Creating Biomedical Technologies to Improve Health



Science Highlights • February 28, 2007
Receiving an R01 grant can literally change a researcher’s life, but getting that first grant can be a daunting task. To ease the process, NIBIB has implemented a new investigator funding policy. Follow three investigators with unique stories who have successfully earned grants under the new policy and whose work is moving biomedical research forward.
Science Highlights • January 29, 2007
To give surgeons a sense of touch when they perform robot-assisted surgery, a Johns Hopkins University research team is developing a feedback system based on visual cues as well as force sensors that can be placed in the robot system.
Science Highlights • November 28, 2006
The first user-friendly, home version of a brain-computer interface system from the Wadsworth Center, Albany, NY, offers a much needed "voice" to those who are paralyzed.
Science Highlights • October 23, 2006
By combining magnetic resonance imaging and optical imaging researchers can visualize cellular activity such as gene expression in live animals as well as detect the expression of enzymes that become active in cancer cells, cell death, and inflammation.
Science Highlights • September 25, 2006
Organ transplants give patients a new lease on life. However, preventing their immune systems from rejecting the organ sometimes presents a challenge. A new method using MRI may help physicians to better track organ rejection at an early stage.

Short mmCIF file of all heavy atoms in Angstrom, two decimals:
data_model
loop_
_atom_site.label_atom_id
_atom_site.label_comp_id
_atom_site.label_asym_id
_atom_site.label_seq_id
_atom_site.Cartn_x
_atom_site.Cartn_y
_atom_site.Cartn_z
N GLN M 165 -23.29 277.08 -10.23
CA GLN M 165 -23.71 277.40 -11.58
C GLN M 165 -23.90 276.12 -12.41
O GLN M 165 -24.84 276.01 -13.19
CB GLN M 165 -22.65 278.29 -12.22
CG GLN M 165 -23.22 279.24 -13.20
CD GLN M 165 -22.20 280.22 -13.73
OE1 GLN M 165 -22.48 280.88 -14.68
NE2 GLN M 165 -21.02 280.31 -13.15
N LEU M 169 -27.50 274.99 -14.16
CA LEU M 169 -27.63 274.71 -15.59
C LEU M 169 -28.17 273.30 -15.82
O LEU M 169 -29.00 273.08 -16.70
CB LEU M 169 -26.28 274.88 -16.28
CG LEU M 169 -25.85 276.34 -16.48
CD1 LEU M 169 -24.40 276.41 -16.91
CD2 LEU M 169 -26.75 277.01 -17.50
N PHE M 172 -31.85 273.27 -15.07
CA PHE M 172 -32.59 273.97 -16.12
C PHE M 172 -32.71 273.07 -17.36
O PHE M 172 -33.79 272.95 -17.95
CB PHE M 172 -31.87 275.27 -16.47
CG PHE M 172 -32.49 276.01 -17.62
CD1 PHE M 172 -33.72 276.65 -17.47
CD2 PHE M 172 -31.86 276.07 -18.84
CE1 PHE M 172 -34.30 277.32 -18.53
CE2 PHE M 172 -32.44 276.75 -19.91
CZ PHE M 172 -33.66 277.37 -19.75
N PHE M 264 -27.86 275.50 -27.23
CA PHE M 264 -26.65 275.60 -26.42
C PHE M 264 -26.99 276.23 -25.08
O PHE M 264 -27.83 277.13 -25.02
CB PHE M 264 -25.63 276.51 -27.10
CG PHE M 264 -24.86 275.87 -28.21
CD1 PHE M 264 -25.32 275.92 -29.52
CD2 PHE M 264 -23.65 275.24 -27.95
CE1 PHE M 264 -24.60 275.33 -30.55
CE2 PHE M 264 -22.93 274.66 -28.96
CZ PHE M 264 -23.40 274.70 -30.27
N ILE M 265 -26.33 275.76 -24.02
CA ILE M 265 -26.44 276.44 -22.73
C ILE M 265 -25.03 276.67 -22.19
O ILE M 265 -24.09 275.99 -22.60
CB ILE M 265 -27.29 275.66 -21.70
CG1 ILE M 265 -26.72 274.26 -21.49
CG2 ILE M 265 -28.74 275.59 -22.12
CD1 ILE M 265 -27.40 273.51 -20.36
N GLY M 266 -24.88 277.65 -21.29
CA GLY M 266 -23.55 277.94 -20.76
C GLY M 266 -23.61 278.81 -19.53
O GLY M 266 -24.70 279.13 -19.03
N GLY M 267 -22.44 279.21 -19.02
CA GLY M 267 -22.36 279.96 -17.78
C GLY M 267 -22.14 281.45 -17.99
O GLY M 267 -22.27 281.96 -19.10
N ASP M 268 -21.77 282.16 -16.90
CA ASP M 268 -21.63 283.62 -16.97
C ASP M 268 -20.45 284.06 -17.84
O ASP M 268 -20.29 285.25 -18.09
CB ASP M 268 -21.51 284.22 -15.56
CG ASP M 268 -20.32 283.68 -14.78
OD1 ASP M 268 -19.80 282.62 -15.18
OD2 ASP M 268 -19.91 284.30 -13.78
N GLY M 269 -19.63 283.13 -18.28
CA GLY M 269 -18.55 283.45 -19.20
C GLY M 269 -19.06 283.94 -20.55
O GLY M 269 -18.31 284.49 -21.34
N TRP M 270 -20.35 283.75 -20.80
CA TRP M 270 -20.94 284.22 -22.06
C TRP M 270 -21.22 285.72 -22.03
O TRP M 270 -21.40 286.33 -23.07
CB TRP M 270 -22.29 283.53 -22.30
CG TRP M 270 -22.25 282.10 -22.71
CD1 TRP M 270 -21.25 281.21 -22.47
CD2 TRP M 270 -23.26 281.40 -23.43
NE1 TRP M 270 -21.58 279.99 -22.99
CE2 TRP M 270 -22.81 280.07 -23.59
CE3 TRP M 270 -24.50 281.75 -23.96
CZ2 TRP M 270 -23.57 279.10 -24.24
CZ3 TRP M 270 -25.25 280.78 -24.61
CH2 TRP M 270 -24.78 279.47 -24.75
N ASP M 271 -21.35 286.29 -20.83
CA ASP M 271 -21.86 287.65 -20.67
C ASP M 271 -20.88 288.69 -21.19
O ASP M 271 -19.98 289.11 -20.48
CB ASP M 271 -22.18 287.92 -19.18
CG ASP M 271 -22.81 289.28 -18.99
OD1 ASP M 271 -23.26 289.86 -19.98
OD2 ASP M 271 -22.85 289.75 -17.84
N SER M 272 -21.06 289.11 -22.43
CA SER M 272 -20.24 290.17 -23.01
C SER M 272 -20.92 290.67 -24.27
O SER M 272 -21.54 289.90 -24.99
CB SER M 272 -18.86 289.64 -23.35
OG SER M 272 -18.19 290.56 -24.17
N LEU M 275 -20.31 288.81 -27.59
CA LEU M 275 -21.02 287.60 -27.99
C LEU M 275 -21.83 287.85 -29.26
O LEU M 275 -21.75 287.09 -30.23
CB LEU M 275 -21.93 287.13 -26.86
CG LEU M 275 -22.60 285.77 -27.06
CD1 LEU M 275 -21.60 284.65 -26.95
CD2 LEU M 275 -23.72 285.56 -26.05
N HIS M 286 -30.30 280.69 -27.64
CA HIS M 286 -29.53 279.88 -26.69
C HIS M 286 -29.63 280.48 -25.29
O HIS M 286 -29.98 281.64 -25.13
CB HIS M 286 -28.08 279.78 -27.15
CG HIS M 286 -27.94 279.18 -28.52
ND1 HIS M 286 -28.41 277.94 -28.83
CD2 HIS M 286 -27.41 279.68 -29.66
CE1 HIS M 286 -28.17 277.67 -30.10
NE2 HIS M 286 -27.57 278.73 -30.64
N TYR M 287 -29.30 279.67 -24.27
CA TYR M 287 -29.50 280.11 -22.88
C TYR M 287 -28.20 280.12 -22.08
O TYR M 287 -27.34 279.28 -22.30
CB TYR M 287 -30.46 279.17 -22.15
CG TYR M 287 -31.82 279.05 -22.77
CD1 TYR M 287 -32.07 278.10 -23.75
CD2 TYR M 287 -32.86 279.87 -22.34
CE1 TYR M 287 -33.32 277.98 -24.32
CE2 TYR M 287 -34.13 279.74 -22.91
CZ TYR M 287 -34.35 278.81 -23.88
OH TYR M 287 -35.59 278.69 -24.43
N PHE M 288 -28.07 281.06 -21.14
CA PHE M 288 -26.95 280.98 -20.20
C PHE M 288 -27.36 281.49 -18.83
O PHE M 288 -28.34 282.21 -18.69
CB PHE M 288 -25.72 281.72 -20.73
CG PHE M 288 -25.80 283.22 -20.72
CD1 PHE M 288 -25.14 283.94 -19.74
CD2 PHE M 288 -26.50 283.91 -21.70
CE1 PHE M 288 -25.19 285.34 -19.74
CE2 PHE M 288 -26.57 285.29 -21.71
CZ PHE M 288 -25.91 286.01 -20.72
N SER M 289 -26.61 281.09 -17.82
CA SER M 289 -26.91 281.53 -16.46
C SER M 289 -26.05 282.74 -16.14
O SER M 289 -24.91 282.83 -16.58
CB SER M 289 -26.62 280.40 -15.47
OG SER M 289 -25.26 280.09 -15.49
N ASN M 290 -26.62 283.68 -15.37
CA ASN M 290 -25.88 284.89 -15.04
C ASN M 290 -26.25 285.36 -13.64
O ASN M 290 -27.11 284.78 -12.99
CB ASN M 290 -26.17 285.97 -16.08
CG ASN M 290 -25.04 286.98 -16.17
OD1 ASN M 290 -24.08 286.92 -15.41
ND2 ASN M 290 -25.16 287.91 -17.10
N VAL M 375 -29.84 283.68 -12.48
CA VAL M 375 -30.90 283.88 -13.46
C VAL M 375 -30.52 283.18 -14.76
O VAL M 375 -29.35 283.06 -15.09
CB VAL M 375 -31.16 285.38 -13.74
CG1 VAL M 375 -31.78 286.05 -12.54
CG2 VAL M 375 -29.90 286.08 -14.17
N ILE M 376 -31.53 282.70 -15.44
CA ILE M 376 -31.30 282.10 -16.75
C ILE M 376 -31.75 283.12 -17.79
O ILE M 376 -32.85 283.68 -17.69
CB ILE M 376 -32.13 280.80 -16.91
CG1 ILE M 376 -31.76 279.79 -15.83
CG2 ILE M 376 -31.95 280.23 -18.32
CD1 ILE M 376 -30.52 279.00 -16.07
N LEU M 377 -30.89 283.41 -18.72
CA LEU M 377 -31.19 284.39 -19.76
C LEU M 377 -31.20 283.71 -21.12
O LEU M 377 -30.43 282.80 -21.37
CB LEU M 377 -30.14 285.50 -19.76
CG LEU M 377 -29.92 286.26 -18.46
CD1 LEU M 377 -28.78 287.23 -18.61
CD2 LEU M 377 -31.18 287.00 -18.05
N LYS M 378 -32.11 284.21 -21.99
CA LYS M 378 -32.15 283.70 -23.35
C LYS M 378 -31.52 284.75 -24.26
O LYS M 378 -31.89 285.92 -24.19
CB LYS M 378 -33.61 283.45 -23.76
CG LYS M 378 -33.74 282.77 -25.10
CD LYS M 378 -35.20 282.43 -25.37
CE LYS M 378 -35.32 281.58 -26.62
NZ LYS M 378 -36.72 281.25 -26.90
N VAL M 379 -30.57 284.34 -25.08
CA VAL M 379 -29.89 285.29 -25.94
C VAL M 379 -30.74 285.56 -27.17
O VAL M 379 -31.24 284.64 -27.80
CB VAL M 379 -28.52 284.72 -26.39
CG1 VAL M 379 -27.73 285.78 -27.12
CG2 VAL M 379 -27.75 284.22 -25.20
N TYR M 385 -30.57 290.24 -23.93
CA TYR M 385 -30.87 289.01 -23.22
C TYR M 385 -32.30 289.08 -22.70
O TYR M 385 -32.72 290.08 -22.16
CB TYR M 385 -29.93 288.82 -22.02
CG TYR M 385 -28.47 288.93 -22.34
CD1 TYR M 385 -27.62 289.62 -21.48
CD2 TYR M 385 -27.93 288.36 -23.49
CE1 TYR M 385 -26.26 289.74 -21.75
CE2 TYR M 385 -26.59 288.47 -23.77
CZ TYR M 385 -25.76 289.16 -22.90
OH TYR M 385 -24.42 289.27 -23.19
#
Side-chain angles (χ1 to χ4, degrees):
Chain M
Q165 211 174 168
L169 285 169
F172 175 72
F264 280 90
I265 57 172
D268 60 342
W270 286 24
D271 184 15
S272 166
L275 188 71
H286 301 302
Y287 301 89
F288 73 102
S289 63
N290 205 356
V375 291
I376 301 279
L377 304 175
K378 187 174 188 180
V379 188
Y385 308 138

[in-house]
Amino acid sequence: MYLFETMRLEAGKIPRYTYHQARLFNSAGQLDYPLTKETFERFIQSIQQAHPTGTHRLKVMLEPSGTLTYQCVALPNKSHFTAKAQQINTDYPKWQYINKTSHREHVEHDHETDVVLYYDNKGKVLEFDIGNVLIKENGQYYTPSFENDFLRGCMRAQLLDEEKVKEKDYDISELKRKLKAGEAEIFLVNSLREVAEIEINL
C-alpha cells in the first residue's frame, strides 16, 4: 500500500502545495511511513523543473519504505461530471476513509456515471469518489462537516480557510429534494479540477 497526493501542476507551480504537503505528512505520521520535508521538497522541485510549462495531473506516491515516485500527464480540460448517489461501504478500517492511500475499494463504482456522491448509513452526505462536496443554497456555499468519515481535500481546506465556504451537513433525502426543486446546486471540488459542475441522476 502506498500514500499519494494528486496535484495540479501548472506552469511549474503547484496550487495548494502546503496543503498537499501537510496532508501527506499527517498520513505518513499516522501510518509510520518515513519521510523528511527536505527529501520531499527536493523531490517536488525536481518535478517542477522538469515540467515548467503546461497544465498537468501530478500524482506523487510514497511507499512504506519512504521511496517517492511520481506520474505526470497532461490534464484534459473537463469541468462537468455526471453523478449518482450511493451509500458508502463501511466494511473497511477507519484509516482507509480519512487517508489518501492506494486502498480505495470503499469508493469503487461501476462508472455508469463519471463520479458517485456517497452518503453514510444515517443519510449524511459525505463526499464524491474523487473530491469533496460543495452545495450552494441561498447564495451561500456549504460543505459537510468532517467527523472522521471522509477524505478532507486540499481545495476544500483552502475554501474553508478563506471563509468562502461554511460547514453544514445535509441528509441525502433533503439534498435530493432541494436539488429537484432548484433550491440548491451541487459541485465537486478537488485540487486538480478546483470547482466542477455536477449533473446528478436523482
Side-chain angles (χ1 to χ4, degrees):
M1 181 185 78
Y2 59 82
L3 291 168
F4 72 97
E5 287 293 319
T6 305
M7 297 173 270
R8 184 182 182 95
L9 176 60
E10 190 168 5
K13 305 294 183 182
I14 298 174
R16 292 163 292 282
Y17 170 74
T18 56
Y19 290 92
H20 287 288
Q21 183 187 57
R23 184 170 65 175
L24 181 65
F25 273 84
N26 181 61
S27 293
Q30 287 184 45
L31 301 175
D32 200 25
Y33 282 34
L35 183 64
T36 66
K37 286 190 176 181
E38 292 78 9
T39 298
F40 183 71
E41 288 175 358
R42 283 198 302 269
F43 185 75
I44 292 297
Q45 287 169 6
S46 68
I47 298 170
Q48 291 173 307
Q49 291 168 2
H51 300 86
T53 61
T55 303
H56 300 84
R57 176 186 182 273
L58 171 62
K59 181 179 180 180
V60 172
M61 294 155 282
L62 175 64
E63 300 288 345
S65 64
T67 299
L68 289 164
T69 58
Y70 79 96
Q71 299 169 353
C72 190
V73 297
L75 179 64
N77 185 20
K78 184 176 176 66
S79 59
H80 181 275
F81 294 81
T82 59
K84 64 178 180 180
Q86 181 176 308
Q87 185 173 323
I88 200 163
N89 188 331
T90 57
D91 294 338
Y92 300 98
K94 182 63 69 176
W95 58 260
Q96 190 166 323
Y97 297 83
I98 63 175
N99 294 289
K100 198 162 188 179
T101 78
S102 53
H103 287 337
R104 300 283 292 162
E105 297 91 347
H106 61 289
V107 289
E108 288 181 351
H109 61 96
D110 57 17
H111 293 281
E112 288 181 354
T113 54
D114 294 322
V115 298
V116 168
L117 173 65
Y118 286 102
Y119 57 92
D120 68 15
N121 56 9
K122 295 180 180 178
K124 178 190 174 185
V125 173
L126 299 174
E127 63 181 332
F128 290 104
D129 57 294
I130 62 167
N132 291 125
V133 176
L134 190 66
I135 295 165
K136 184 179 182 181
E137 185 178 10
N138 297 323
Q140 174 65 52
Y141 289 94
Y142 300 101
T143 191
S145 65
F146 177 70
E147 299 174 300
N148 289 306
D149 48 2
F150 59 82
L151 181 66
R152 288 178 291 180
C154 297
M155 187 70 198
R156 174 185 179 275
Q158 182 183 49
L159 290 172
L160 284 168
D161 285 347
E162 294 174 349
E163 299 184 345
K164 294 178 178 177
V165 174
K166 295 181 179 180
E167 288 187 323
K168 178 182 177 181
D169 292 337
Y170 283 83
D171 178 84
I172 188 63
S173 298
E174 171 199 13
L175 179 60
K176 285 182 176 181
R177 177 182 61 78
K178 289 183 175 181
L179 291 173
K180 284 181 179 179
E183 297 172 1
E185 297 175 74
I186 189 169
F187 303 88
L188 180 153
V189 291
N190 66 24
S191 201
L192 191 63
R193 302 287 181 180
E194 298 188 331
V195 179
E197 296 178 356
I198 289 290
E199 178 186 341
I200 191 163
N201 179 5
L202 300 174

Science Highlights • August 30, 2006
Waiting a week or two for biopsy results can be unnerving, but a novel pathology slide scanner developed by engineers at Tucson, Arizona-based DMetrix Inc. is providing patients with same day biopsy results.
Science Highlights • July 25, 2006
Pinpointing the cause of painful urinary tract infections usually takes about 48 hours. A new biosensor promises to cut that time to 45 minutes or less, and offers patients the option of more accurate drug therapy.
Science Highlights • June 21, 2006
With a training grant from NIBIB, one researcher parlays a career spent developing instruments to track global warming into an opportunity to develop a novel method to image biological specimens, in particular to distinguish between normal and cancerous tissue.
Science Highlights • May 31, 2006
Researchers are developing a “cardiac patch” - a functioning piece of laboratory-grown heart tissue that would replace tissue damaged in a heart attack before the entire organ becomes diseased.
Science Highlights • May 16, 2006
Advances in communications, computer science, informatics, and medical technology have facilitated the practice of "telehealth" which is broadly defined as the use of communications technologies to provide and support health care at a distance. Today, the term “distance” is relative and could be as short as across town or as great as across the world. Telehealth can be as simple as two doctors talking on the phone about a patient’s care or as elegant as the use of robotic technology to perform surgery in another country.